Is there such a thing as a singular ‘they’ in the English language? That is, can the word ‘they’ (also ‘them’ and ‘their’) be used to refer to one person, or is it only appropriate for two or more people? Consider this sentence:

Somebody left their dog tied to this telephone pole.

This sentence sounds perfectly natural and reflects the way native speakers use the language. The reason ‘their’ sounds appropriate for a ‘somebody’ who is only one person is because we don’t know the gender of this somebody. We could say ‘his dog’, defaulting to the masculine, and that might please some grammar nazis, but it would sound less natural to most English speakers.

But how about this sentence?

Abraham Lincoln liked to read books when they were a child.

Some of us are going to have to read that one twice because when the word ‘they’ pops up we immediately imagine that there are some other people alongside Abraham Lincoln that are being referred to. There isn’t anybody else, and so this is another sentence using ‘they’ to refer to a single person, but in a way that is jarring and confusing for native speakers. What makes this sentence different is that when the subject was ‘somebody’ the gender of the subject was ambiguous, but when the subject is Abraham Lincoln we fully expect the use of the masculine pronouns, ‘he’, ‘him’ and ‘his’.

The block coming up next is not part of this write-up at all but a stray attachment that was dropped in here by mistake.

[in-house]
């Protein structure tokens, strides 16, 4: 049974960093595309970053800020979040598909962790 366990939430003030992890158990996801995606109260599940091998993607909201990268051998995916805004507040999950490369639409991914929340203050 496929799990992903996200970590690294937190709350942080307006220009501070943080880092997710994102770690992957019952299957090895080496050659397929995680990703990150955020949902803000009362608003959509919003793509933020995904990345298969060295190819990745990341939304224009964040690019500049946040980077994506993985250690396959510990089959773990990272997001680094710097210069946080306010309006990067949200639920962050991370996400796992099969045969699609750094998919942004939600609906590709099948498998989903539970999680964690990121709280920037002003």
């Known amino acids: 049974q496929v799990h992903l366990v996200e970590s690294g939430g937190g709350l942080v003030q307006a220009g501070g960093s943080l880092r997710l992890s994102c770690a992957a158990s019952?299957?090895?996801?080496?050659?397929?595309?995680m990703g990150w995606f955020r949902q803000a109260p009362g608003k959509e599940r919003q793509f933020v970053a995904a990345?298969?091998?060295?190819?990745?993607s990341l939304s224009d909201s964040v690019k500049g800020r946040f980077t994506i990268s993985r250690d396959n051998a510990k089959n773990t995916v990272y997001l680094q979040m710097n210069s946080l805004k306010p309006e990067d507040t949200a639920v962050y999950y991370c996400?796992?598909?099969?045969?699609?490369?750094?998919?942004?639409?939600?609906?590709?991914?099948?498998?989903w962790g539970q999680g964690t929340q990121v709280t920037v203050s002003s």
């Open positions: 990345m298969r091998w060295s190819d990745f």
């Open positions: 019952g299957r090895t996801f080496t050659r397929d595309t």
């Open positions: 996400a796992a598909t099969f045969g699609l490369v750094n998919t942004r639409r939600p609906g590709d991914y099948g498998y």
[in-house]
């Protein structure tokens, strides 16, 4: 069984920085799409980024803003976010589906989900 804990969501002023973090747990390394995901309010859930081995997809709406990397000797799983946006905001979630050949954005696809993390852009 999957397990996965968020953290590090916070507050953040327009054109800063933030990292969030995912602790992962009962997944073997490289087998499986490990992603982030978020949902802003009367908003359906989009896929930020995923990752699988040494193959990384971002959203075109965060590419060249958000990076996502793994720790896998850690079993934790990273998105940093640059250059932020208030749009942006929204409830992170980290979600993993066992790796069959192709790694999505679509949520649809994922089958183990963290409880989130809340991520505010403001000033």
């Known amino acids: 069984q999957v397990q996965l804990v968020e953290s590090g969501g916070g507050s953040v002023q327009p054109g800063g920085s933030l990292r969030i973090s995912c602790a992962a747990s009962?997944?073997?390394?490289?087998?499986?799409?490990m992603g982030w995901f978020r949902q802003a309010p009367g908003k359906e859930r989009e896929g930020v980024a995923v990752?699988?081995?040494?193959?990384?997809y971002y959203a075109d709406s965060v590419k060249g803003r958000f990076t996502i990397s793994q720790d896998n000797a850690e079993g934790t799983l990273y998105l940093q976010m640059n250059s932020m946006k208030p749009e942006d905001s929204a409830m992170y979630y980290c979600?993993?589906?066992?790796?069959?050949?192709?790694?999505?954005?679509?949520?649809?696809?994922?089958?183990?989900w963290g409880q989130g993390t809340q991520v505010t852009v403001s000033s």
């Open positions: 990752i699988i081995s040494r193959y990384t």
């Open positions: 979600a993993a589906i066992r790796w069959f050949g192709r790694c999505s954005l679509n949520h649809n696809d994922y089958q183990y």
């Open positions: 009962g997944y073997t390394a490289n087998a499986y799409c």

This second awkward use of the word ‘they’ to refer to a single person is not the natural evolution of a living language, but a ham-handed political effort to deny God’s design for humankind as male and female. It is one aspect of our current revolt against God’s created order, and as such it must be opposed by Christians who are called to speak the truth in love.

A special case of this second nefarious use of ‘they’ for a single person is using ‘they’ to refer to God. Of course God isn’t male in the same way that Abraham Lincoln is, so the revisionists might seem to be on firmer ground here. Why not use a gender-neutral pronoun since God is neither male nor female? The problem with this line of thought is that it elevates human reason over God’s revelation of himself. It was God who inspired the Biblical authors to use masculine pronouns to refer to him as well as the terms ‘Father’ and ‘Son’. Unless we think we’re wiser than the God who revealed himself in this way, we must follow his example and reject the word ‘they’ as an acceptable pronoun for God.

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Catégories : Sexual Revolution